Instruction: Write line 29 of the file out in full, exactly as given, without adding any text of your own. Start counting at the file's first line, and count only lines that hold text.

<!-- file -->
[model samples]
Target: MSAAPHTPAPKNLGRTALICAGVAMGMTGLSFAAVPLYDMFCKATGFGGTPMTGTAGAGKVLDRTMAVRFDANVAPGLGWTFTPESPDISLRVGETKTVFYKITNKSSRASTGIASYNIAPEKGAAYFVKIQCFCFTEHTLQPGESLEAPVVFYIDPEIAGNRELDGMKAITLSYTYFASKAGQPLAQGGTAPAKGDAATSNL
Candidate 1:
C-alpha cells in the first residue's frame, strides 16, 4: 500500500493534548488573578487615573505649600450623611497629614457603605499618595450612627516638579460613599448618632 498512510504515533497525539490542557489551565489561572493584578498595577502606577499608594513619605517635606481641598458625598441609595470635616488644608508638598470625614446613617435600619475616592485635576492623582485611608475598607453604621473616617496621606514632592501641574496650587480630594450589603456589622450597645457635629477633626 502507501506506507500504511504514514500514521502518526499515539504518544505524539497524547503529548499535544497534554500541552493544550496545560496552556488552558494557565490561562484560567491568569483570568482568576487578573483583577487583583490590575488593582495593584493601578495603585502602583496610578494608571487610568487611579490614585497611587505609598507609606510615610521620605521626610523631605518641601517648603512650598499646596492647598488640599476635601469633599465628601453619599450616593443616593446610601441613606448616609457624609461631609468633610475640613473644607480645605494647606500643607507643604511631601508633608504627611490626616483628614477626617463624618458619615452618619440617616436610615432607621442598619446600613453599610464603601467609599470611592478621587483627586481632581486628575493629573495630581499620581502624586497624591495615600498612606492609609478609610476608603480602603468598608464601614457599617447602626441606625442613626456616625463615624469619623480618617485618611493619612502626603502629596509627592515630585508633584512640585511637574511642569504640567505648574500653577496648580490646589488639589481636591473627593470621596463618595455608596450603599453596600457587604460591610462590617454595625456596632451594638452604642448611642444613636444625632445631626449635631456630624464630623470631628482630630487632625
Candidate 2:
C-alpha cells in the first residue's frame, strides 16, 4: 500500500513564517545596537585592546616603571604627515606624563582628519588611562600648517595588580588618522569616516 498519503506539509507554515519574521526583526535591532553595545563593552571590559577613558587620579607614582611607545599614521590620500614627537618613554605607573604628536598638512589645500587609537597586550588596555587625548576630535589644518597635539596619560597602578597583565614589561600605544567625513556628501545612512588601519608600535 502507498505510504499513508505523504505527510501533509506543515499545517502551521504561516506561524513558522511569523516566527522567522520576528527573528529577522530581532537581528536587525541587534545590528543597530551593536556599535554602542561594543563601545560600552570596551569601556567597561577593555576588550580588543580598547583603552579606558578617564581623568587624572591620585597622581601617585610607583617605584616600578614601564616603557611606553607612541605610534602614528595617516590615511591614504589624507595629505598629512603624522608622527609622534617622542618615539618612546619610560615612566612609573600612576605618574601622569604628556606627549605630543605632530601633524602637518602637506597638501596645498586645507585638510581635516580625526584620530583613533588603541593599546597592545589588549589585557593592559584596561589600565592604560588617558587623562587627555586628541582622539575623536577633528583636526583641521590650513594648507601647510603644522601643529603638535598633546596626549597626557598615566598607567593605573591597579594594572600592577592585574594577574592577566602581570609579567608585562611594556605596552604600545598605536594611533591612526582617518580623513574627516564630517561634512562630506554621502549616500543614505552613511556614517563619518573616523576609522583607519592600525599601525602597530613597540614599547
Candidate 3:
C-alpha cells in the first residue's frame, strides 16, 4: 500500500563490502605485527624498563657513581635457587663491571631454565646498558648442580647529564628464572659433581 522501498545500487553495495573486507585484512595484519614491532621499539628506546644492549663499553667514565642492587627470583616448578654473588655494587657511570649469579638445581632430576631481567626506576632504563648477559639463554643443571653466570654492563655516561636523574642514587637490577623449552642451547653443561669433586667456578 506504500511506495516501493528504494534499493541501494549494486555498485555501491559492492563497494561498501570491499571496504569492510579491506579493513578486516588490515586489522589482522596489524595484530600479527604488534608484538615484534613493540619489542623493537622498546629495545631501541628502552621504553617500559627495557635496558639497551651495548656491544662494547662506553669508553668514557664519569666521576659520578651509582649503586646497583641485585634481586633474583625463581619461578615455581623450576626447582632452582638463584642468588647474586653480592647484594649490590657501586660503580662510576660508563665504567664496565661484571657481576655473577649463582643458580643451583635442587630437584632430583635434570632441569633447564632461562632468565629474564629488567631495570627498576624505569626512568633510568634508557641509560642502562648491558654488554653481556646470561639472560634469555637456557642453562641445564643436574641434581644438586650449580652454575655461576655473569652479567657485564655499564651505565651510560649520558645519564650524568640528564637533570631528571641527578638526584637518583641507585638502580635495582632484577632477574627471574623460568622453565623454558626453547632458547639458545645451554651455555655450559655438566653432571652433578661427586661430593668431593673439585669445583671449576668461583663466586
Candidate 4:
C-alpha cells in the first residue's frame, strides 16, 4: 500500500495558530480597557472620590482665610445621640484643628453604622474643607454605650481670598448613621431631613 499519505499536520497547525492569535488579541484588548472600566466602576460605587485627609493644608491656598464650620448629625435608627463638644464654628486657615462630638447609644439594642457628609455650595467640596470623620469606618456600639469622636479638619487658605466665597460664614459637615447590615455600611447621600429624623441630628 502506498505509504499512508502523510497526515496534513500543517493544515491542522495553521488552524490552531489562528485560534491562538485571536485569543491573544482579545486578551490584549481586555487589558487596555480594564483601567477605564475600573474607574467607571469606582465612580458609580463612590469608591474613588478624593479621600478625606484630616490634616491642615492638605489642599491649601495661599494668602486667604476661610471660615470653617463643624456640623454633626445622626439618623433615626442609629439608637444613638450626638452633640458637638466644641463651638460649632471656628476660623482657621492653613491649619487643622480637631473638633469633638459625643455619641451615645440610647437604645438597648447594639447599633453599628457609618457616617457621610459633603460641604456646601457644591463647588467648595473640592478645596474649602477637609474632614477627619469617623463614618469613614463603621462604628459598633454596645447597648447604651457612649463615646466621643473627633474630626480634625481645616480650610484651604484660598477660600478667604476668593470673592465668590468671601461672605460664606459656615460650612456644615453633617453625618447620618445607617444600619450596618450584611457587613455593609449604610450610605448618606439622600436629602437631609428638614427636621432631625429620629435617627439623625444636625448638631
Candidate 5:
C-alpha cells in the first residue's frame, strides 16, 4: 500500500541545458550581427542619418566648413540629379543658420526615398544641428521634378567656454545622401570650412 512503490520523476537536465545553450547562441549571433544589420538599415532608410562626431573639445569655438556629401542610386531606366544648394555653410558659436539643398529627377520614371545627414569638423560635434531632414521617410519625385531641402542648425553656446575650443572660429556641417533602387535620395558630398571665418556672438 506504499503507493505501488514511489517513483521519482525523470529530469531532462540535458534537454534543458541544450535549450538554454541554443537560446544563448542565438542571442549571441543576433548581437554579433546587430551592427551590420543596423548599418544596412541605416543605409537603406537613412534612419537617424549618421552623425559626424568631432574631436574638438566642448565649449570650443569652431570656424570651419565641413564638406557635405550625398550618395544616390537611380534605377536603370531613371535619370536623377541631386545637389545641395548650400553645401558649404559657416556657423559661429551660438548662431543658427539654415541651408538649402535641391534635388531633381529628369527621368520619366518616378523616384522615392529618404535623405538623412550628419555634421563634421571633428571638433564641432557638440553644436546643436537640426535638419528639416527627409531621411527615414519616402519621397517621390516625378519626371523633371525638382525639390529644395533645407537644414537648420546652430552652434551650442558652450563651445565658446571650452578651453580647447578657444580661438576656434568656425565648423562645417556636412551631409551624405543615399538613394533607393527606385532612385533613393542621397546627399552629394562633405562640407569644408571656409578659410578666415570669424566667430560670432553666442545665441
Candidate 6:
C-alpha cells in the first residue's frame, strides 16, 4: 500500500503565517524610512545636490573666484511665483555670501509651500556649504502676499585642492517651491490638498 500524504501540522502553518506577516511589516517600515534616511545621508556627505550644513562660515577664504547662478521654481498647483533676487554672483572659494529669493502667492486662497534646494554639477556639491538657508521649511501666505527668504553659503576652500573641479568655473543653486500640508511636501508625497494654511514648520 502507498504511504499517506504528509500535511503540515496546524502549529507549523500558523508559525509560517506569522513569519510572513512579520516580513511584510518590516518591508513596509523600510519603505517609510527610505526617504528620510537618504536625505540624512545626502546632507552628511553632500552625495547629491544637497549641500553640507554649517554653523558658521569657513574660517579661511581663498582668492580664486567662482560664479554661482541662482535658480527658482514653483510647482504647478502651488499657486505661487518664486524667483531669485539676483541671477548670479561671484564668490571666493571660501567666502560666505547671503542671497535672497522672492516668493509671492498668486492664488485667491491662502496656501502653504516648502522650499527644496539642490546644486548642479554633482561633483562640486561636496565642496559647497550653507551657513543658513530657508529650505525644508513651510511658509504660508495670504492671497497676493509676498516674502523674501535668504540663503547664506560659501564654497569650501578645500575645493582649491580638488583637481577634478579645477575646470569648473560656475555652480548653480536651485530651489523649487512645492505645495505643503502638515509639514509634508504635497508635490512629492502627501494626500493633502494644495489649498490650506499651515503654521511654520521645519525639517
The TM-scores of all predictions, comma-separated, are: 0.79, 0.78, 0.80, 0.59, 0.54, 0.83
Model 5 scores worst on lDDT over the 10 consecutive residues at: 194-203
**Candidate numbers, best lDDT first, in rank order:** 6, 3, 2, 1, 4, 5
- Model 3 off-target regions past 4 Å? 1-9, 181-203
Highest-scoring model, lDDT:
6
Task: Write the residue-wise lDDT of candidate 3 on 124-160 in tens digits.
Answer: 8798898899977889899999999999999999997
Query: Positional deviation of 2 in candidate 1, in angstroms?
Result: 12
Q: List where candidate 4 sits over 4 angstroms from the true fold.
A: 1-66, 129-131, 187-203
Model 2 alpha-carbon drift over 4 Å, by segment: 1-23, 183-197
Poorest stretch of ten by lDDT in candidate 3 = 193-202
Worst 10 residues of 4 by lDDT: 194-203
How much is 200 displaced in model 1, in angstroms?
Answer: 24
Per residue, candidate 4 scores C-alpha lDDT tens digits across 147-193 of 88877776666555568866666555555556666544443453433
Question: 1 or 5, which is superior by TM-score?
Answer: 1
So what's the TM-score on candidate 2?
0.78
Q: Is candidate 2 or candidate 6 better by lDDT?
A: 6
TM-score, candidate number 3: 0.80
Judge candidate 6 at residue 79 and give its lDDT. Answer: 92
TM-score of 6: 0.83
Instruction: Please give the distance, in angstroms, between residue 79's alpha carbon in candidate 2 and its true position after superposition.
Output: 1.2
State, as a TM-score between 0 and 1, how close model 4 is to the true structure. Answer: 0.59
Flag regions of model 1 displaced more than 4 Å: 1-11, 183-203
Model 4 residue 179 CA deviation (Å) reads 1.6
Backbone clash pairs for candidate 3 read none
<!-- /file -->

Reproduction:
Worst 10 residues of 4 by lDDT: 194-203